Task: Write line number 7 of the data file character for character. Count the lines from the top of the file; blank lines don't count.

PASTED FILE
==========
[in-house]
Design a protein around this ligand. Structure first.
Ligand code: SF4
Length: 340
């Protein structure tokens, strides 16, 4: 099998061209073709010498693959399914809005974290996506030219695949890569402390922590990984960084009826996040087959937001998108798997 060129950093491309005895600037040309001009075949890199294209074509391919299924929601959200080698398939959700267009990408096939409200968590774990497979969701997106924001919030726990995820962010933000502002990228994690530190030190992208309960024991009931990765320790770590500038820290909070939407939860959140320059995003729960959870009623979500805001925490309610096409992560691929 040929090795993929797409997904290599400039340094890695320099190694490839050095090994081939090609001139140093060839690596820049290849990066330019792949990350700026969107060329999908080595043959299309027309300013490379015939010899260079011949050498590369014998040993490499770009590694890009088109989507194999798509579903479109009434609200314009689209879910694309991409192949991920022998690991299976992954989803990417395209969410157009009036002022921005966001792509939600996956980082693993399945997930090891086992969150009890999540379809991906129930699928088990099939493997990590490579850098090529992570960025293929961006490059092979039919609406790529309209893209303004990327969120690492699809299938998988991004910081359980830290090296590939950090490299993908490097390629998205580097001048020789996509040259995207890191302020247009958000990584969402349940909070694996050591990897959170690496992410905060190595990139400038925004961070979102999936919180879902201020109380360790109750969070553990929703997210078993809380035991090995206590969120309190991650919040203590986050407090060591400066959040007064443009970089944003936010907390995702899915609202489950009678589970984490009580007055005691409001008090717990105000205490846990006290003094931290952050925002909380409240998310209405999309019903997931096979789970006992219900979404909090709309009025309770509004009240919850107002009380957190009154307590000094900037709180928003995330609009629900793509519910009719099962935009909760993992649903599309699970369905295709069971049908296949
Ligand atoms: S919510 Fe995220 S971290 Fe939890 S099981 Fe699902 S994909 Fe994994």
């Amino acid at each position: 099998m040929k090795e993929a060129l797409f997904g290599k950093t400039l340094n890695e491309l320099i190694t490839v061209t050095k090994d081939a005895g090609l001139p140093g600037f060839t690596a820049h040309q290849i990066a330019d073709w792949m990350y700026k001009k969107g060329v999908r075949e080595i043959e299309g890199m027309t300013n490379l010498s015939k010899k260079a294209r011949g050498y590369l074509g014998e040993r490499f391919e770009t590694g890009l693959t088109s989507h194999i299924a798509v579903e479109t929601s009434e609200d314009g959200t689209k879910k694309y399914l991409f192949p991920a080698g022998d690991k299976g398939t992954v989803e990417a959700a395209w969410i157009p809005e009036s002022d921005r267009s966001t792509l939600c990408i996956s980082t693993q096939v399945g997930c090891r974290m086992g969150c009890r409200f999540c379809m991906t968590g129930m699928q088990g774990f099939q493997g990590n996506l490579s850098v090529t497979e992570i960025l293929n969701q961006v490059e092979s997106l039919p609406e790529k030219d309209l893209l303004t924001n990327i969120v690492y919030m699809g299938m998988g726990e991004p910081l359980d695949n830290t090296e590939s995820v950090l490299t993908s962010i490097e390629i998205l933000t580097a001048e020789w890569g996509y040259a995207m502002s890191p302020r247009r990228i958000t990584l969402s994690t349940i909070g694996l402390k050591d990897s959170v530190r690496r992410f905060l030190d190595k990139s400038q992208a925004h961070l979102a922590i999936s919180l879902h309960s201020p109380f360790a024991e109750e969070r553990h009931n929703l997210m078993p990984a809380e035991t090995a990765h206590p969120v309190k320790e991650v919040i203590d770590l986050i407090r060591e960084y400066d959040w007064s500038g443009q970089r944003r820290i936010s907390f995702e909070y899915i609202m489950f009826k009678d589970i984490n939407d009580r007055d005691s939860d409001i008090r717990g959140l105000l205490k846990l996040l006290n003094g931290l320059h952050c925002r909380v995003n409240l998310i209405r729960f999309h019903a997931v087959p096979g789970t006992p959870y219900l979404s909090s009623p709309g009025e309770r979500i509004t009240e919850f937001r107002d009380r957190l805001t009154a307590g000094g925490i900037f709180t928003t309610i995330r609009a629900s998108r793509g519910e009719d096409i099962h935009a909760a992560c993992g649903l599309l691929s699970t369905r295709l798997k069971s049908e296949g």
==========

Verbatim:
């Amino acid at each position: 099998m040929k090795e993929a060129l797409f997904g290599k950093t400039l340094n890695e491309l320099i190694t490839v061209t050095k090994d081939a005895g090609l001139p140093g600037f060839t690596a820049h040309q290849i990066a330019d073709w792949m990350y700026k001009k969107g060329v999908r075949e080595i043959e299309g890199m027309t300013n490379l010498s015939k010899k260079a294209r011949g050498y590369l074509g014998e040993r490499f391919e770009t590694g890009l693959t088109s989507h194999i299924a798509v579903e479109t929601s009434e609200d314009g959200t689209k879910k694309y399914l991409f192949p991920a080698g022998d690991k299976g398939t992954v989803e990417a959700a395209w969410i157009p809005e009036s002022d921005r267009s966001t792509l939600c990408i996956s980082t693993q096939v399945g997930c090891r974290m086992g969150c009890r409200f999540c379809m991906t968590g129930m699928q088990g774990f099939q493997g990590n996506l490579s850098v090529t497979e992570i960025l293929n969701q961006v490059e092979s997106l039919p609406e790529k030219d309209l893209l303004t924001n990327i969120v690492y919030m699809g299938m998988g726990e991004p910081l359980d695949n830290t090296e590939s995820v950090l490299t993908s962010i490097e390629i998205l933000t580097a001048e020789w890569g996509y040259a995207m502002s890191p302020r247009r990228i958000t990584l969402s994690t349940i909070g694996l402390k050591d990897s959170v530190r690496r992410f905060l030190d190595k990139s400038q992208a925004h961070l979102a922590i999936s919180l879902h309960s201020p109380f360790a024991e109750e969070r553990h009931n929703l997210m078993p990984a809380e035991t090995a990765h206590p969120v309190k320790e991650v919040i203590d770590l986050i407090r060591e960084y400066d959040w007064s500038g443009q970089r944003r820290i936010s907390f995702e909070y899915i609202m489950f009826k009678d589970i984490n939407d009580r007055d005691s939860d409001i008090r717990g959140l105000l205490k846990l996040l006290n003094g931290l320059h952050c925002r909380v995003n409240l998310i209405r729960f999309h019903a997931v087959p096979g789970t006992p959870y219900l979404s909090s009623p709309g009025e309770r979500i509004t009240e919850f937001r107002d009380r957190l805001t009154a307590g000094g925490i900037f709180t928003t309610i995330r609009a629900s998108r793509g519910e009719d096409i099962h935009a909760a992560c993992g649903l599309l691929s699970t369905r295709l798997k069971s049908e296949g």